Almost Sanskari by Neeti Palta review - Using humour as self defence

Almost Sanskari by Neeti Palta review - Using humour as self defence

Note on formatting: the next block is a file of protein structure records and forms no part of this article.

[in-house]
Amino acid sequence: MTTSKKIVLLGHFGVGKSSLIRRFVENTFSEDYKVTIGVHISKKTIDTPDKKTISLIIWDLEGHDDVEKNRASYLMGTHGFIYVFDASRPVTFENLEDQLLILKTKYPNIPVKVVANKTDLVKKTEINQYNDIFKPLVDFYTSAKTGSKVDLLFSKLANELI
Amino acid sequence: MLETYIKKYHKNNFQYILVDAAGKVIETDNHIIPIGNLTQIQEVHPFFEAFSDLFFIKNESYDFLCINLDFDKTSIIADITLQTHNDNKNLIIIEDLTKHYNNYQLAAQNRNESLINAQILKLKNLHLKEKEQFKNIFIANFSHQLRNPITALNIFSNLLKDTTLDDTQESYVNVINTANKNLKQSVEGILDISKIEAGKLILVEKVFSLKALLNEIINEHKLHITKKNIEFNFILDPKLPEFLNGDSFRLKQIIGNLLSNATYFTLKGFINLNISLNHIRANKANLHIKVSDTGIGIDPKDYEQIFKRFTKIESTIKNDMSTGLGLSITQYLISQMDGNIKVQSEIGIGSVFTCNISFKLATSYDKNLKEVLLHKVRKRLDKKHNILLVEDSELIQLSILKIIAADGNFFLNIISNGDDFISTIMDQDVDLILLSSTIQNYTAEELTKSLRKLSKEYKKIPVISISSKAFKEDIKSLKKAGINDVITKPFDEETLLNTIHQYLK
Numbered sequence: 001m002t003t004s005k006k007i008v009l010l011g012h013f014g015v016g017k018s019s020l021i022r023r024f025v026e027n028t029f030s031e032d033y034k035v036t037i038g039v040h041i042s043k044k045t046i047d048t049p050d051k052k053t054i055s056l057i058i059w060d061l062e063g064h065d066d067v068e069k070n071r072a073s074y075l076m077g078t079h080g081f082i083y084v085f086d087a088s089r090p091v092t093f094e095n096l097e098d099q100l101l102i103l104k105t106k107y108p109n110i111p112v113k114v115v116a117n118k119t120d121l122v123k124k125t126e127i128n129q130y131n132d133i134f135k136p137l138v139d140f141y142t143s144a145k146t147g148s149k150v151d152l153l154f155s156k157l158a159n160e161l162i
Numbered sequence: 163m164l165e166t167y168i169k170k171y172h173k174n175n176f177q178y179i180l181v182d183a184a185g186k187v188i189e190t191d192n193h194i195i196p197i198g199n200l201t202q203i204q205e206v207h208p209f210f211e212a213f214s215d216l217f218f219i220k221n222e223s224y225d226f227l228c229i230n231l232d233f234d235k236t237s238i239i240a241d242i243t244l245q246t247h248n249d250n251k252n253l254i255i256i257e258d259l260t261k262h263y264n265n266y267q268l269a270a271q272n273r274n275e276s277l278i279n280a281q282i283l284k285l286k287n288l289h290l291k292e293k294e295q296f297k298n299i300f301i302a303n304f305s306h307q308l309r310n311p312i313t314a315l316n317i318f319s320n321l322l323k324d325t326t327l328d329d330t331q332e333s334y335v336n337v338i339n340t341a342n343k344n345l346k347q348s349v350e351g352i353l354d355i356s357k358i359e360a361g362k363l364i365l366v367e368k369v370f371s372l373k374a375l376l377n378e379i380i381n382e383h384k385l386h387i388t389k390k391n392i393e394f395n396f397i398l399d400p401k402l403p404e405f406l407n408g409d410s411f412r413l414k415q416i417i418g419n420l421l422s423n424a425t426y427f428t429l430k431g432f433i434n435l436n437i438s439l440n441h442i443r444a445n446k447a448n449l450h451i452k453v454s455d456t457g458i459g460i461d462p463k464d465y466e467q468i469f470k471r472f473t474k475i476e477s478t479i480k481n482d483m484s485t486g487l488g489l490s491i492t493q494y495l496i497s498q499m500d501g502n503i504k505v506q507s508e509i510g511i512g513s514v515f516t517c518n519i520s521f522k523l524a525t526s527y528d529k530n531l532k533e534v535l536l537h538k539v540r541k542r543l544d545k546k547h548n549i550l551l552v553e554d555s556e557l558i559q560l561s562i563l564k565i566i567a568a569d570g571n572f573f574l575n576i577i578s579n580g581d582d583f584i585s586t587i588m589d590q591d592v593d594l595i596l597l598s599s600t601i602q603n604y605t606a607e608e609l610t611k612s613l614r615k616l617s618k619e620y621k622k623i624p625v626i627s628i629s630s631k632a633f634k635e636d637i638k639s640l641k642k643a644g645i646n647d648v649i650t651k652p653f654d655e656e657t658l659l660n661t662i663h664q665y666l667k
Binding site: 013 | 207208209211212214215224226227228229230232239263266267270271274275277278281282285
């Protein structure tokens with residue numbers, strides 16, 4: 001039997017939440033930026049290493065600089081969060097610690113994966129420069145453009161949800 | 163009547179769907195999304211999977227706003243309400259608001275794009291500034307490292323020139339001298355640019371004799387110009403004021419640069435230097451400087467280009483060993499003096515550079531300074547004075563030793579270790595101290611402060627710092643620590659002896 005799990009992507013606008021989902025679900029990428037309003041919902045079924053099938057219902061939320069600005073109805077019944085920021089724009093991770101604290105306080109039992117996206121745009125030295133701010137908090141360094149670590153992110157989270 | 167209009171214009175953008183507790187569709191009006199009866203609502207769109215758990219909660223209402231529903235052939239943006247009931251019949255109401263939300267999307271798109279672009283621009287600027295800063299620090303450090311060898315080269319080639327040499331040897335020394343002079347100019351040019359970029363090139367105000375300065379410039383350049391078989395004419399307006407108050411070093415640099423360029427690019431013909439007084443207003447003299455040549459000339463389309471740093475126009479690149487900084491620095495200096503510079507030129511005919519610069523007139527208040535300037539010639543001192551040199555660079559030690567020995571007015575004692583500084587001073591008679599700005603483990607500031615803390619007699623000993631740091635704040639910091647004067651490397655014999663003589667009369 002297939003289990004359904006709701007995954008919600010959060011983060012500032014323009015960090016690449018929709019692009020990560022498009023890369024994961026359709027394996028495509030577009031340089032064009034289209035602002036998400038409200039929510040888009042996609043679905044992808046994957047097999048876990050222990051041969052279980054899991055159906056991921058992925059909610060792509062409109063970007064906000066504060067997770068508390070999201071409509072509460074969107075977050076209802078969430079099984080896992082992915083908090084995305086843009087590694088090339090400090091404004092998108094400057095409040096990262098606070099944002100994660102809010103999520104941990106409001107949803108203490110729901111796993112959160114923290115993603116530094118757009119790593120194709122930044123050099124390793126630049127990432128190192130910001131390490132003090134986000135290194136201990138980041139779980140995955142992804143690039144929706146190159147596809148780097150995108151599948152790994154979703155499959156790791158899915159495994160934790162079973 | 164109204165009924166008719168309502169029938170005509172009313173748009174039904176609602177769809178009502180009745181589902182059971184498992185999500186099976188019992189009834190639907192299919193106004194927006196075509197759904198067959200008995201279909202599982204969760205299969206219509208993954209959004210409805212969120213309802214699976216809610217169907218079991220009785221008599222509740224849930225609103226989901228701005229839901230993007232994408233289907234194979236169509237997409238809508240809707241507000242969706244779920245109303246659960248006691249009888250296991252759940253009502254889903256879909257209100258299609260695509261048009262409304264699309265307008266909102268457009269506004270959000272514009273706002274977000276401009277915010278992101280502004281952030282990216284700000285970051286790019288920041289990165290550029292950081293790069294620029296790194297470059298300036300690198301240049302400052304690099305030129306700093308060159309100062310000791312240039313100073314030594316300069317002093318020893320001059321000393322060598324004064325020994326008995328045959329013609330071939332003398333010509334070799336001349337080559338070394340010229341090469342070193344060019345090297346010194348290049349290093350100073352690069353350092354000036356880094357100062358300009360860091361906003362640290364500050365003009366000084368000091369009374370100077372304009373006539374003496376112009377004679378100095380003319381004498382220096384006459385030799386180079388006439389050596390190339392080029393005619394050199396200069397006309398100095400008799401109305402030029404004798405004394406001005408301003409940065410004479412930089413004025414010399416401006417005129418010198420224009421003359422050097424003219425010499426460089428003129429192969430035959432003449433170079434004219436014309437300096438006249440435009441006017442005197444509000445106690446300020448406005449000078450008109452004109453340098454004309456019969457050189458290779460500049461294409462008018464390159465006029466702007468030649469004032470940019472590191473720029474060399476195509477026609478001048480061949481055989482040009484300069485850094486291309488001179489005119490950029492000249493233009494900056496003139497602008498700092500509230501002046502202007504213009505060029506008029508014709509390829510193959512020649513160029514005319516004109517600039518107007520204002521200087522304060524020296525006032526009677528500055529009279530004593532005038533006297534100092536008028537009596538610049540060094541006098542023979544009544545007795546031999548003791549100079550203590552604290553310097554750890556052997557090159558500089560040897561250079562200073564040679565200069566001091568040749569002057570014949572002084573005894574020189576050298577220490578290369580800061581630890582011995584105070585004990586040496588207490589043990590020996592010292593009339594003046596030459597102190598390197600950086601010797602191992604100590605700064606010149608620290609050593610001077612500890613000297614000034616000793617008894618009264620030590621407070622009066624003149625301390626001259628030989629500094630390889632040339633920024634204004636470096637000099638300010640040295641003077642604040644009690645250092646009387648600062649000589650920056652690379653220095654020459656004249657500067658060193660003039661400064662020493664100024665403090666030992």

In each of her jokes, Neeti Palta reflects the thoughts of those girls who were brought up in middle-class homes with strict parents. She reflects the strong urges of those girls who waited for their ‘Jah Simran jah’ moment. Even if it was for a trip to Shimla, (not around an entire continent,) or an evening out with friends at the mall. Neeti mocked how parents in an attempt to be threatening gave her several other options for freedom. They keep their curfew at 7 pm and warn their children that if they arrive beyond 7 pm they will not be allowed to enter the house. (So parents, are you allowing us to go for a night out?) She has the face cut akin to that of Fatima Sana Sheikh who gained fame for her debut as Geeta Phogat in Dangal, and from a distance, she almost looks like Priyanka Gandhi. She knows that and she takes complete advantage of it. Much like Chandler Bing from FRIENDS, Neeti Palta leans on humour to comfort an unexpected interaction with parents. Neeti Palta is a woman who is brimming with brilliant ideas, however, despite her confidence, her jokes are not very interactive. The script which has been prepared by her is loaded with humour, but that’s only enjoyable when you are sitting among a group of people and having a two-way conversation. She calls her show ‘Almost Sanskaari’. Let us tell you, apart from her jokes on how she poses for sex with her husband, there’s nothing very unsanskaari about any of her jokes. For a show, that is spanning for nearly 57 minutes, she establishes and re-establishes herself as the second lesser loved child of her parents, who hailed from an Army family. Her father preferred fighting against Pakistan than arguing with Neeti’s mother. Her jokes are in the right place, with the right essence of humour, except they are too disciplined. Neeti’s repetition of the same concept only makes her appear as the sad little girl and not a funny point. At one point of time, I was even reminded of the tear-jerking moment from Mera Naam Joker where Raju (Raj Kapoor) dressed as a clown cries his heart out in a comic act after watching his mother die in the front seat, during his performance on the stage. At one point, Neeti regrets how she was an ugly teenager who never catcalled by the rowdy neighbourhood boys, and that is where the problem begins. Catcalling is a type of sexual harassment and one cannot take it as a joke. To say that you miss the fact that you never had to face boys catcalling you, almost hints that you wanted a teeny tiny bit of sexual harassment, just for a validation that you are pretty enough to be harassed. Women don’t need that, not in an era where a certain section is fighting hard to get rid of this logic. Bollywood has done enough damage by normalising stalking and harassment we do not need well-educated comedians to do the same. Neeti Palta rants about condoms, marriage, arrange marriage but her unfair treatment from her parents, siblings, keeps coming back. While you may completely relate to Neeti, you understand that she is unable to deliver the joke with the sufficient kind of energy to make the audience go rolling on the floor with laughter. She isn’t an angry, complaining person who almost loses her cool as Biswa…she complains in her sarcastic way. Her jokes require the presence of another person in the script to make her appear as the slightly more intelligent person. Safely enough, she has kept her close ones, mother, father, husband as a part of her jokes, probably knowing that they wouldn’t be offended to the extent of filing an FIR. Neeti’s jokes on condoms and her views of Ranveer Singh remain interestingly humorous. Ranveer Singh happens to be the first Bollywood actor to openly endorse condoms, but she finely pointed out that his body has more lubricant, so much so that Deepika Padukone may have to reach for a tissue before her foreplay. As much as we enjoyed her wild fantasies, she failed to do enough research before constructing her jokes on the condom. In her narration, she mentioned that condom ads were banned in India. The truth is, condom ads weren’t banned rather they are only allowed to be advertised after 10 pm. The government of India had then stated that condom ads in India are not about controlling population but more about a variety of flavours, hence they were told to be advertised after a certain hour. Rating: 3.5/5


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